IWGP Jr Heavyweight Championship: KUSHIDA (c) vs Hiromu Takahashi
This was insane. Hiromu is a madman, flying around the ring like he’s in someone else’s body. The risks and the bumps he takes are cringe-inducing, in good way. This wasn’t just a flippy spot fest though, oh no, not with KUSHIDA in there. KUSHIDA worked Hiromu’s arm like he was trying to rip it off. There were so many highlights here, but my favorite might have been KUSHIDA catching a diving Takahashi out of midair into an armbar outside of the ring and not letting go. KUSHIDA is much more watchable for me when he strikes a bit of an attitude like this. After the armbar outside, every kick and every attack of KUSHIDA’s was against the arm, really dialing in the damage. He applied the Hoverboard Lock several times, and each time I thought that was going to be it. Hiromu was able to fight his way out of it the last time, and hit his finisher for the win. A great match, hurt only by a few small botches. They didn’t disrupt much, in fact, they kind of add to Hiromu’s death defying style, but still. Also, Hiromu needs a better finish then his spinning side slam thing he does. Great match though, and well worth watching more then once. Rating ****1/4 Winner: Hiromu Takahashi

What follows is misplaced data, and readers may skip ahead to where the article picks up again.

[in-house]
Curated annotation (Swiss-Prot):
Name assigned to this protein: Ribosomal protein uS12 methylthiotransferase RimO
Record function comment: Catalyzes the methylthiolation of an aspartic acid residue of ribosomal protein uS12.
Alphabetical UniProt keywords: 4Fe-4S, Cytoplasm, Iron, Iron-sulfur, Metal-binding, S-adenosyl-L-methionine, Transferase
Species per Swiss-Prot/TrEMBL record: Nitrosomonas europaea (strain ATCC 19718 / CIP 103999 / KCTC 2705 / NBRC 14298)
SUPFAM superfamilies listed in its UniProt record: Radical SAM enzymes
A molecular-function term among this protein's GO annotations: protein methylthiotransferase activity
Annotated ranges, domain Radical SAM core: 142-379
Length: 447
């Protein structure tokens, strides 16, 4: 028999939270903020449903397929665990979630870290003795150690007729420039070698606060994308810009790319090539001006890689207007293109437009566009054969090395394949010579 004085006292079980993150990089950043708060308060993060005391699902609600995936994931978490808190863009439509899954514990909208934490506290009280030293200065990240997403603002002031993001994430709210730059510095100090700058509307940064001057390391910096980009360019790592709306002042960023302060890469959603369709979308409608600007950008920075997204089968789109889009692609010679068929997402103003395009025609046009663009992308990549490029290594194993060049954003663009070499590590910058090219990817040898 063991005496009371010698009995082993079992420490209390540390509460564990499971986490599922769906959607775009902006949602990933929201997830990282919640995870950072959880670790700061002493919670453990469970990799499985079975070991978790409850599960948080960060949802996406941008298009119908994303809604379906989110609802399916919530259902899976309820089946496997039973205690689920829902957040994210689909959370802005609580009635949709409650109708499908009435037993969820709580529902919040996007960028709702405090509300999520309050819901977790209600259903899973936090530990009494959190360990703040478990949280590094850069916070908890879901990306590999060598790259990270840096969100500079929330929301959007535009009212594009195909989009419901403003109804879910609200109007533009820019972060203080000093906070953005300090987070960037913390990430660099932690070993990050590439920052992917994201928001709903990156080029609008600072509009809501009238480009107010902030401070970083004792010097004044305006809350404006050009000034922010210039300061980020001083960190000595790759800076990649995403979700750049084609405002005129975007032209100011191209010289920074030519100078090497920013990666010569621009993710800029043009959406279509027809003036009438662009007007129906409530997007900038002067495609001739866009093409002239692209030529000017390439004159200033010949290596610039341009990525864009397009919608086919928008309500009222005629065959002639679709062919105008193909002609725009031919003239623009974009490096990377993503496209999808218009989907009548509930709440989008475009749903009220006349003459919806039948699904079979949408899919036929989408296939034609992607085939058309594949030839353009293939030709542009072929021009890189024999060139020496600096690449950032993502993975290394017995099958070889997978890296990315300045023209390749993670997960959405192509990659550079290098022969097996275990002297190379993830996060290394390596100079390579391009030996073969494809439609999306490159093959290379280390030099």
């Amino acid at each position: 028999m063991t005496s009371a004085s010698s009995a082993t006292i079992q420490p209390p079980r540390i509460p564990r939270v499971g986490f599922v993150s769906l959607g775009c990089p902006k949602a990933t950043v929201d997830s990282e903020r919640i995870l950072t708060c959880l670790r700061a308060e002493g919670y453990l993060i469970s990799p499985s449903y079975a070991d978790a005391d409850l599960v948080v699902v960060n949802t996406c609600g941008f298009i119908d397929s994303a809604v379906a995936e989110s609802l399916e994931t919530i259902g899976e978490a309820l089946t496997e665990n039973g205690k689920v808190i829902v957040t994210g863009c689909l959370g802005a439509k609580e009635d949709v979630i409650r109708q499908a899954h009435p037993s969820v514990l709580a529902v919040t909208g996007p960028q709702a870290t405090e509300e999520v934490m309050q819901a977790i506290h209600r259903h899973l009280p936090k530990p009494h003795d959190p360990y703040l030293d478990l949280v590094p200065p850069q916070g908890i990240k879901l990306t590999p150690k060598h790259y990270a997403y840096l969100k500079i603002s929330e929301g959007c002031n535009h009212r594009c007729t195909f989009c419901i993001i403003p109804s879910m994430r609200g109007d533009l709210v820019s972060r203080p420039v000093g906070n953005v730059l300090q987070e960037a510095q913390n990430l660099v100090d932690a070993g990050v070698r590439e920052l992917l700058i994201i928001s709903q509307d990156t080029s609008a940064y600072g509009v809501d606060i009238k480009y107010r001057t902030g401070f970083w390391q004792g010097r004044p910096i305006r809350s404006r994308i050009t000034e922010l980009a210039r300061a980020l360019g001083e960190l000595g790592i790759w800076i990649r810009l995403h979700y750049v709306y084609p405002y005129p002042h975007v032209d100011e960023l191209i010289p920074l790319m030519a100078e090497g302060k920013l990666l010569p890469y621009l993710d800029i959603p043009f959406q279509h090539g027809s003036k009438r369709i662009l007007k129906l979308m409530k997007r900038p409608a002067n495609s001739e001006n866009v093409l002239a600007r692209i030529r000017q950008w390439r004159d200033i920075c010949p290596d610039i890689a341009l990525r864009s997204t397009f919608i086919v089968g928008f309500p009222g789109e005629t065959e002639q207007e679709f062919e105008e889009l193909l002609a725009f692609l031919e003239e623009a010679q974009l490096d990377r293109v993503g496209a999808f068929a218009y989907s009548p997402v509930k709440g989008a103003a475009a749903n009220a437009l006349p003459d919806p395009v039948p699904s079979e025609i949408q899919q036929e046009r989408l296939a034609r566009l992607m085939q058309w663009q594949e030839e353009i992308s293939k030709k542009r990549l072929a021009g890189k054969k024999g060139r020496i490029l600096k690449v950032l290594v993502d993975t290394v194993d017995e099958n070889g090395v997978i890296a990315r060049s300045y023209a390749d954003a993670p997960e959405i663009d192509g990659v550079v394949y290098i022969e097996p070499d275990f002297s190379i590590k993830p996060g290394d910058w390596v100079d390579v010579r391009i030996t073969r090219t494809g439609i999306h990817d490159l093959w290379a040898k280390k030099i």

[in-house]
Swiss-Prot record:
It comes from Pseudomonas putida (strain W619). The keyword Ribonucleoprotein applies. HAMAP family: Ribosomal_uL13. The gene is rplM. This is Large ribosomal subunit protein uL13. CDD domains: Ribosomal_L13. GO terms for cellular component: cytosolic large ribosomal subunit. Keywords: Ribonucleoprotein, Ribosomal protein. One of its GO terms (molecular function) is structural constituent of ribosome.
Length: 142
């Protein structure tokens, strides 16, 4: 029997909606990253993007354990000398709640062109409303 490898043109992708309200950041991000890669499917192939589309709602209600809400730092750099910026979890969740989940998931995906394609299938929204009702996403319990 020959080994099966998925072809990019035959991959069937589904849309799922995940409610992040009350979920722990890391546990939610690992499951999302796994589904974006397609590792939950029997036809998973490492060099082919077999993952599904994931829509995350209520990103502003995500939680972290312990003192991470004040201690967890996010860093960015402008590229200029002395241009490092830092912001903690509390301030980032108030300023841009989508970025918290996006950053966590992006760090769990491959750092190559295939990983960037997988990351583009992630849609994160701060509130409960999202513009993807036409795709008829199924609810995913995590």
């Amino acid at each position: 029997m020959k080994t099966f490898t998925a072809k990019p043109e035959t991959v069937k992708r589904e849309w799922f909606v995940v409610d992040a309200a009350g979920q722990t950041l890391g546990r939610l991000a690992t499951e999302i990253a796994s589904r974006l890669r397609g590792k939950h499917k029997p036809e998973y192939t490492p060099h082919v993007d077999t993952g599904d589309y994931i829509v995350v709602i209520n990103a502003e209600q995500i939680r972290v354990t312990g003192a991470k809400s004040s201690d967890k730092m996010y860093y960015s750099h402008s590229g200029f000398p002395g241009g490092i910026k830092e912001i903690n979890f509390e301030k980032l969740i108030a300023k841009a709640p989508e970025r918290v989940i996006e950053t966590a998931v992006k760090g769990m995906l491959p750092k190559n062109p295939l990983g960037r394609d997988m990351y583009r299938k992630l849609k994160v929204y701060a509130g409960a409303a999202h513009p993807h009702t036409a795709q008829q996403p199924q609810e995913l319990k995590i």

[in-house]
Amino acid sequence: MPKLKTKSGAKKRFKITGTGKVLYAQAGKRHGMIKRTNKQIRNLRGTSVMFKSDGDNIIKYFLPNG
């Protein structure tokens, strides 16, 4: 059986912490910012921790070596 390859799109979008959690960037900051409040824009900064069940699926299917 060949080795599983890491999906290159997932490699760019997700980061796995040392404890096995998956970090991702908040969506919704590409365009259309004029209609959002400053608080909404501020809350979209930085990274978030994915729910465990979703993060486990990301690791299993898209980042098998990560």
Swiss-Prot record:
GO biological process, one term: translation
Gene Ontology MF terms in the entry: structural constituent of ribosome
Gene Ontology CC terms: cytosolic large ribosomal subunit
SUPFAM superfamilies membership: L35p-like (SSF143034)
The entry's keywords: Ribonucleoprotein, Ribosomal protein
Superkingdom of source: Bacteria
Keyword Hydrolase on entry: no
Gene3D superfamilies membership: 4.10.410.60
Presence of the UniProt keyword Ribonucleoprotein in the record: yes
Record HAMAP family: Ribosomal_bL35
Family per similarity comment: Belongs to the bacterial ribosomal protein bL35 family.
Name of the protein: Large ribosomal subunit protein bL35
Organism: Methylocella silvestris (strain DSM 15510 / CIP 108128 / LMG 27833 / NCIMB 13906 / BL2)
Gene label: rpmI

NEVER Openweight Championship: Katsuyori Shibata (c) vs Hirooki Goto
Everyone knew this was going to be a brutal match, but I wasn’t sure it would match the last couple of WrestleKingdom NEVER title matches involving Ishii. Well, I was wrong, as there two were more then willing to kick the holy shit out of each other. I’ve said before that I don’t really care about Goto, and this match was hurt by me just not caring if Goto could “win the big one.” Despite that, I love this style of hard-hitting fighting. The ending was amazing, as it looked like Shibata was going to put Goto away before Goto responded with a massive headbutt, and just kept headbutting Shibata until the champ was on his knees before finishing him off with the GTR. This was everything I want out of my NEVER matches. Rating: ****1/4 Winner Hirooki Goto